© APWorks

Airbus Subsidiary with a Startup Feel: A talk with… APWorks

Since its founding in 2013, the Airbus spin-off APWorks has been located on the Ludwig Bölkow Campus in Ottobrunn. The company uses aerospace expertise for terrestrial industrial applications. A particularly impressive example is Light Rider, a motorcycle produced using a 3D printer. Managing director Joachim Zettler took some time to answer a few questions for us.

What does APWorks do? Please tell us a little something about yourselves!

As a 100% subsidiary of the Airbus Group, APWorks specializes in the economic and technical optimization of components with a focus on shape and material, followed by additive manufacturing. The goal is to reduce weight, shorten manufacturing times, integrate additional functions into components, find the ideal material and even shorten assembly time. It also allows for the creation of geometric shapes that are significantly more complex. The best example is Light Rider. It is the world’s first motorcycle to be developed for and manufactured with 3D printing. To achieve the goals named above, the company takes existing aerospace concepts and makes them useable for different industries. Its customers include development departments and manufacturers from the robotics, mechanical engineering, automotive, medical engineering and aerospace industries.

Joachim Zettler (Photo: APWorks)

Why did the Airbus Group make APWorks its own company instead of a new department? What are the advantages of a spin-off?

The goal was and continues to be establishing an agile entity on the market that is able to quickly and efficiently respond to customer wishes, making it best-in-class. More generally speaking as well, component manufacturing is not part of the core business conducted by Airbus. Similar to the spin-off of Premium Aerotec in 2009, it made more sense for APWorks to be its own entity from the group’s perspective.

“We still have some characteristics of a startup”

Are you a startup? How so?

No, we no longer view ourselves as a startup as such, after being active on the market for more than three years. Moreover, we have also been able to establish ourselves solidly in the robotics, automotive, toolmaking and aerospace industries, and are also on our way to becoming more international. That goes beyond the nature of a startup for us, even if we do still have some startup features, such as agility, speed and an extreme closeness to our customers.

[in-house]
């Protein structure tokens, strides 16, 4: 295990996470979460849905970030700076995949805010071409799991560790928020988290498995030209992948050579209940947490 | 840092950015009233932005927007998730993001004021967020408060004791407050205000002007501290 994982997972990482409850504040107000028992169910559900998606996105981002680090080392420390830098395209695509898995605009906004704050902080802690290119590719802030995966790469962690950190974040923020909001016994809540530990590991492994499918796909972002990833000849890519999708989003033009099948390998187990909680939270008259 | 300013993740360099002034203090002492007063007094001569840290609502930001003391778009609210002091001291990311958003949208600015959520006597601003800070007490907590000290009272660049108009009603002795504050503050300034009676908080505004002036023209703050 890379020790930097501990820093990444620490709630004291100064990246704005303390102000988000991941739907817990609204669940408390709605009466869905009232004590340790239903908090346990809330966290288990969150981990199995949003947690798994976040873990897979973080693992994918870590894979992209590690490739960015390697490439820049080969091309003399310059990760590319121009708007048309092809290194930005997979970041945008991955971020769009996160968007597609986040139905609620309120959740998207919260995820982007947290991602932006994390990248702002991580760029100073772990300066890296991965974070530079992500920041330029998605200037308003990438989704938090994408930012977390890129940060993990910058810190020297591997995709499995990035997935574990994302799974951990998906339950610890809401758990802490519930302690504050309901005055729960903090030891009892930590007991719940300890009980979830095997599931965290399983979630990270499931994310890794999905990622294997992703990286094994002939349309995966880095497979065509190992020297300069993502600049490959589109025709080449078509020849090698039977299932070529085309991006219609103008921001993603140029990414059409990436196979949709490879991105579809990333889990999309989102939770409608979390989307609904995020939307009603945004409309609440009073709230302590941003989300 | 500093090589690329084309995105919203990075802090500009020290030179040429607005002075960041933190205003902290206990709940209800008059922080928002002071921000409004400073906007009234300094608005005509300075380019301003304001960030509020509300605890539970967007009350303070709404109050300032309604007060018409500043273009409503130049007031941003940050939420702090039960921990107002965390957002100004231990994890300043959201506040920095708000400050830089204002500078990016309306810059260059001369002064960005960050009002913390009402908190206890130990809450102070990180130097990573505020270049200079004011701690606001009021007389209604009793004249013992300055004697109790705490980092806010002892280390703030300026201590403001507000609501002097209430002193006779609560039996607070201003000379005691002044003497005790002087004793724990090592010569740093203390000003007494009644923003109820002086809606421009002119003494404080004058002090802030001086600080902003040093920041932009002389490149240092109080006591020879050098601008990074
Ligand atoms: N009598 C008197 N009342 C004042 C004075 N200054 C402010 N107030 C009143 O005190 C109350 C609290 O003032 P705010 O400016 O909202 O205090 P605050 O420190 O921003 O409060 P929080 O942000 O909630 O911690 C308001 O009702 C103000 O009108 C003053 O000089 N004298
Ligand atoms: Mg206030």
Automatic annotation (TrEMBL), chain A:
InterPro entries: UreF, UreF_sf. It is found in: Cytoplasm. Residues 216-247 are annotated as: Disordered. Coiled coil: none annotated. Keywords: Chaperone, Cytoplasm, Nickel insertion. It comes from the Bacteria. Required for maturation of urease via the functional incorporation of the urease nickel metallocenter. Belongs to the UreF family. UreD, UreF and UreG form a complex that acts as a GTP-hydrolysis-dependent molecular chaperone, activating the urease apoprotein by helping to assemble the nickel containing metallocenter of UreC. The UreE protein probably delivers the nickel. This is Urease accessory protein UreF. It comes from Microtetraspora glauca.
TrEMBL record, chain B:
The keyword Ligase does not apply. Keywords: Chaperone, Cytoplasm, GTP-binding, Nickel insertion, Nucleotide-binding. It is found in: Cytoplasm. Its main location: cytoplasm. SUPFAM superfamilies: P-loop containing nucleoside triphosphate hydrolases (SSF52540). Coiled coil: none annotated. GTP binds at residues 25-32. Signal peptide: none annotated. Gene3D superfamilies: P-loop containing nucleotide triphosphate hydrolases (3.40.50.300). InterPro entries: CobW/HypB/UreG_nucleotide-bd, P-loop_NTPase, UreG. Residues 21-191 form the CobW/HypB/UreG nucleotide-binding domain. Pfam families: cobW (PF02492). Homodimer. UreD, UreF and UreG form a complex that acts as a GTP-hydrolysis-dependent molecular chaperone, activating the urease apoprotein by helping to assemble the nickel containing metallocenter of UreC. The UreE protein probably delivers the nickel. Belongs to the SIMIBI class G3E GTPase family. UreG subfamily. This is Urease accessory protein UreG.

The Light Rider (Photo: APWorks)

What can established companies learn from startups?

Being agile is difficult for many companies. How can they quickly and flexibly respond to customer wishes and new market developments? That is the key question. However, it is no problem at all for companies that are young and relatively small. That is also the reason why an increasing number of large companies are spinning off innovation centers as well as innovative small companies. To a certain extent, everyone is still trying to emulate the Silicon Valley concept. In the end, it is always a matter of increasing speed to meet the needs of the market. That is also the aim of APWorks. The subject of flexibility and speed is essentially synonymous with additive manufacturing.

What are the up and coming trends? What direction are you headed in next?

When it comes to developing and manufacturing components, the current major issues are shortened manufacturing and lead times, weight reduction and functional integration. It is a matter of innovation, efficiency and cost savings. Rapid availability of spare parts is also an issue. The additive manufacturing offered by APWorks provides all of those elements, embedded within the triad of engineering, material and printing.

Just a few years ago, Airbus closed its facilities in Unterschleißheim and also cut jobs in Ottobrunn. Has APWorks been affected by the restructuring at Airbus?

No, as I said, APWorks is its own company and acts independently.

Airbus is a European company with countless locations. You are currently located at the Ludwig Bölkow Campus in Ottobrunn. What are the advantages of that environment? What makes the greater Munich area special?

The company location on the Ludwig Bölkow Campus provides short communication paths with Airbus colleagues in research and development, particularly in the materials sector. APWorks also benefits by learning about the latest developments in aerospace thanks to its location. In addition, the greater Munich area is a dynamic and international economic region that offers the ideal conditions for young, international companies like APWorks. The existing infrastructure gives different industries access to innovative services. Nonetheless, we also think and operate beyond Munich and view ourselves as an international company, regardless of where we are located.